The family of Jesus.
Matthew 12.46-50 = Mark 3.20-21, 31-35 = Luke 8.19-21 (John 15.1-17).
Current mode: View.
Notes and quotes.
§ I note the following
agreements between Matthew and Luke against
- Matthew 12.46 and Luke 8.19 each have the dative
αυτω (to him)
where Mark 3.31 has the accusative
- Though the phrases are not exactly parallel, Matthew 12.46 has
οχλοις (the crowds)
and Luke 8.19 has τον
οχλον (the crowd)
where Mark 3.32 has only
(a crowd), lacking the article.
- Matthew 12.47 and Luke 8.20 have δε
(but or and) where Mark 3.32 has
A rather common agreement.
- Matthew 12.47 and Luke 8.20 each have
(are standing) where Mark 3.32 has no parallel word.
- Matthew 12.47 has the participle ζητουντες
(seeking); Luke 8.20 has the participle θελοντες
(wishing); and Mark 3.32 has the finite verb ζητουσιν
- Matthew 12.48 and Luke 8.21 have ο
δε (but he), while Mark 3.33 has only
και (and) with an
implied subject for the verb. This pattern with
a rather common agreement.
- Matthew 12.48 and Luke 8.21 have the aorist
(said), while Mark 3.33 has the historic present
(says). A common agreement
§ The family of Jesus
is intercalated with the
Beelzebul controversy in Mark.
Jesus said: A grapevine has been planted outside
of the father, but, since it is unfortified, it will be pulled up by its
roots and destroyed.
The disciples said to him: Your brothers and
your mother are standing outside. He said to them: Those here who do
the will of my father are my brothers and my mother. It is they who
will go into the kingdom of my father.
§ 2 Clement
For the Lord also said: My brethren are these
who do the will of my father.
§ From Epiphanius, Panarion 30.14.5, writing of the
But again they deny that he was a man, apparently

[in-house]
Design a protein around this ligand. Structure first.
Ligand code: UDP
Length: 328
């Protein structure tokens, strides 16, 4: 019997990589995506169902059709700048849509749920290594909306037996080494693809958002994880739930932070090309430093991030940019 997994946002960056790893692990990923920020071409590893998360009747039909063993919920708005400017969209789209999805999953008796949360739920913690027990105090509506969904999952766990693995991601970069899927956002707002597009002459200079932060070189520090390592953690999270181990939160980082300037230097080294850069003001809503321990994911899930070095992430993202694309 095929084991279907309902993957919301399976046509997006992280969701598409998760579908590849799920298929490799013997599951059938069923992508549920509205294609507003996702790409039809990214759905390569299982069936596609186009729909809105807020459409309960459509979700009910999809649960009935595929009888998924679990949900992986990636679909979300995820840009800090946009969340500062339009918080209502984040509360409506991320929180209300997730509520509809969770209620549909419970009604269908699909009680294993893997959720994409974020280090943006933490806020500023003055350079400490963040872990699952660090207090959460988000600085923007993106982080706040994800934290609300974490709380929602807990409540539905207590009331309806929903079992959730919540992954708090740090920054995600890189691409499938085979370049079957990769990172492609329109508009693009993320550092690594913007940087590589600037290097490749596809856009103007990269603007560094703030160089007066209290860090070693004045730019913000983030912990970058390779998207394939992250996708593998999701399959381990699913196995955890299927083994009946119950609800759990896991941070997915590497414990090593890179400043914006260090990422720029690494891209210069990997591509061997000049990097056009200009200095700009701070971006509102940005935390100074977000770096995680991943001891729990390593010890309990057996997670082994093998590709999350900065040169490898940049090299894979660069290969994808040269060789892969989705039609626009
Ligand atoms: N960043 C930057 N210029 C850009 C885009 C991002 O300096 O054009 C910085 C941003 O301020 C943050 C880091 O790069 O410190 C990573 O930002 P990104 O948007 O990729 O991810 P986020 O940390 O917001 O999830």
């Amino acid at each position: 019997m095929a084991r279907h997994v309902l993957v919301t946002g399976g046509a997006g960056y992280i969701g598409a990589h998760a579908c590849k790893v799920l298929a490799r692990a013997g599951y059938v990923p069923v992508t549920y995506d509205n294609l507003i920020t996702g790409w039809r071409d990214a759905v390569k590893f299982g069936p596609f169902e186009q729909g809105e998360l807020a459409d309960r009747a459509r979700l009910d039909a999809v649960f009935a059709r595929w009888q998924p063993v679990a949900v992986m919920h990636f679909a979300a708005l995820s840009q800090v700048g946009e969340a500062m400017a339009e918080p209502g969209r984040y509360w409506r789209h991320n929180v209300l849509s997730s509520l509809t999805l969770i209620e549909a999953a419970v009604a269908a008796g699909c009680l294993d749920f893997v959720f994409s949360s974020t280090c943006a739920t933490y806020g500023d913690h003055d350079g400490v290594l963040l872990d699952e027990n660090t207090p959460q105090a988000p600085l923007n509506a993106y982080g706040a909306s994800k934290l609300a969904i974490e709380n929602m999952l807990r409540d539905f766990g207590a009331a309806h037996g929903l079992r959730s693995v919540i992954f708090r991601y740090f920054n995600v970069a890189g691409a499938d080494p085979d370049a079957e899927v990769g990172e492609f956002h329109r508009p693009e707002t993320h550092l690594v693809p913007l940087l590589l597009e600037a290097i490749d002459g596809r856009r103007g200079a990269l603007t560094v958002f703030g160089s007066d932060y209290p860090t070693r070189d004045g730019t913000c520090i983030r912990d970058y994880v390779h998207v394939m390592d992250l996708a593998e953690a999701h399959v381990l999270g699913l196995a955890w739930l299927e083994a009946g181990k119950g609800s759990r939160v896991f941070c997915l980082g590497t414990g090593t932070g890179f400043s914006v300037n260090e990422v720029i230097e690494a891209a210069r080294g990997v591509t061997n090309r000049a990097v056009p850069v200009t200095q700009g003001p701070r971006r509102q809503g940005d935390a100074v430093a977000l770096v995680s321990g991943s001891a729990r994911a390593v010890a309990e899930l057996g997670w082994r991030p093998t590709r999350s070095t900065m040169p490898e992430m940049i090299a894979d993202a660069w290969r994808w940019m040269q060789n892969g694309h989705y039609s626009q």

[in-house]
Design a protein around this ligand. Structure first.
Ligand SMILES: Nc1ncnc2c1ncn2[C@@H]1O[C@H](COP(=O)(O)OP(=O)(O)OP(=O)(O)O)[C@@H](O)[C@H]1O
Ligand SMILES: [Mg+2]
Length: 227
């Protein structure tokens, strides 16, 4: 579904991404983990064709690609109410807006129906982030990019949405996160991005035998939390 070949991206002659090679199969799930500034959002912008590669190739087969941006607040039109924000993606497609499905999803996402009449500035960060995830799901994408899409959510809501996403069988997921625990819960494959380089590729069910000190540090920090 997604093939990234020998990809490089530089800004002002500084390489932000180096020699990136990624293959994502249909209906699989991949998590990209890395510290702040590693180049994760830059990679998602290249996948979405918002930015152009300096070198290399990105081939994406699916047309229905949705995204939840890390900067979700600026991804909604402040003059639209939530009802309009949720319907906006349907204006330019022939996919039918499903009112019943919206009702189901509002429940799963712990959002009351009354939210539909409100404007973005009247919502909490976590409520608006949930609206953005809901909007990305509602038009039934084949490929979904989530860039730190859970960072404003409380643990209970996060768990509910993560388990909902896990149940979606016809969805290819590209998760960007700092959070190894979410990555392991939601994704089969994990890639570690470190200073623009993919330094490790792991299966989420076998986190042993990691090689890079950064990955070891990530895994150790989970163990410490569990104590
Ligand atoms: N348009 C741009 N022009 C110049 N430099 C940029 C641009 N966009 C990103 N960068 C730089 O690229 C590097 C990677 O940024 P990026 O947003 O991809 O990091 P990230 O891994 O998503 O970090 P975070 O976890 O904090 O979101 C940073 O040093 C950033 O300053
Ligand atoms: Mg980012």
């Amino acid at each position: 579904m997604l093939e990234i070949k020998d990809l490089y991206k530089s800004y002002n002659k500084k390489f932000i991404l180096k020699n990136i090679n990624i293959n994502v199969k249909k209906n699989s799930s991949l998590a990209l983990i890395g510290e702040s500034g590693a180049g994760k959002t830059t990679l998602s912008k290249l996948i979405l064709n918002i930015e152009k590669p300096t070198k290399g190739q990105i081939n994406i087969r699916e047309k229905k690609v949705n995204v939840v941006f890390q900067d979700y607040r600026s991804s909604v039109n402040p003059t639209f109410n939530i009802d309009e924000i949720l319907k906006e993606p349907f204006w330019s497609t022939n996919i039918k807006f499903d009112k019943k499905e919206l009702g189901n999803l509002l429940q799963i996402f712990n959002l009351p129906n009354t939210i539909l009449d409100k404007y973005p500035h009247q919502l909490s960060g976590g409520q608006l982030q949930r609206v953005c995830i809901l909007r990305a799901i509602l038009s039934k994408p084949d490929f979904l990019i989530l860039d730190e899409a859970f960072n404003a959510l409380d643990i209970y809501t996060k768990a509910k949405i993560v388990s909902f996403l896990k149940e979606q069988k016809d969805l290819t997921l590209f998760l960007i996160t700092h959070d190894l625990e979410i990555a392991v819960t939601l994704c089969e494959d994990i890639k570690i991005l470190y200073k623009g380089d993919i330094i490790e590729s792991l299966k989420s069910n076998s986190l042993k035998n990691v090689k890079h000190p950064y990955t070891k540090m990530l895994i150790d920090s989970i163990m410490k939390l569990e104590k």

from the word which the savior spoke when it was announced to him: Behold, your
mother and your brothers are standing outside, that is: Who is my mother and
brothers? And he stretched out his hand over the disciples and said: These who
my brothers and mother and sisters, those who are doing the wishes of my
to the Philippians 10.1; 12.3:
In his ergo state et domini exemplar sequimini, firmi in fide et immutabiles, fraternitatis amatores, diligentes invicem, in veritate sociati, mansuetudinem domini alterutri praestolantes, nullum despicientes. ....
Stand in these things, therefore, and follow the
example of the Lord, firm in faith and immutable, lovers of brotherhood,
mutually dedicated, associated in the truth, demonstrating the meekness
of the Lord with one another, despising no one. ....
Pro omnibus sanctis orate. orate etiam pro regibus et potestatibus et principibus, atque pro persequentibus et odientibus vos, et pro inimicis crucis, ut fructus vester manifestus sit in omnibus, ut sitis in illo perfecti.
Pray for all the saints. Pray also for kings and
potentates and princes, and for those who persecute and hate you, and for
the enemies of the cross, so that your fruit may be made manifest to all,
and so that you may be perfect in him.
§ The expression
παρ αυτου in
And those about him heard and went out to
seize him, for they were saying that he was beside himself.
...literally means those about him or those with him.
It (and its variations) can also be translated as his own people.
In the Septuagint this phrase
appears numerous times with various meanings. I intend to list those cases
in which the article (οι in Mark 3.21)
indicates a person, not a thing:
- In 1 Kings 20.20 (3 Kingdoms 21.20 LXX) each
soldier is said to have struck down his own man
- In Proverbs 31.21 the excellent wife is said to
clothe her household (οι παρ
αυτης) in scarlet.
- In 1 Maccabees the phrase is used of Jonathan and his men in
9.44, 58; 10.87; 12.27, 28, 29. The phrase is also used of Simon and his
men in 13.52, of Numenius and his men in 15.15, and of Ptolemy
and his men in 16.16.
- In Susanna [1.]33 Susanna is wept for by her
family (οι παρ
αυτης; refer back to 1.30).
- In Bel [1.]14 Daniel calls in his servants
In Mark 3.21 the phrase seems to indicate the family of Jesus (a meaning that
would line up with the usages in Susanna [1.]33 and Proverbs 31.21 above),
since it is his mother and brothers who show up in 3.31.
§ This pericope is also available in
somewhat different format in a file supplied by a correspondent
of mine named Ovadyah,
who has modified certain synopses
by S. C. Carlson in order to take broad text types into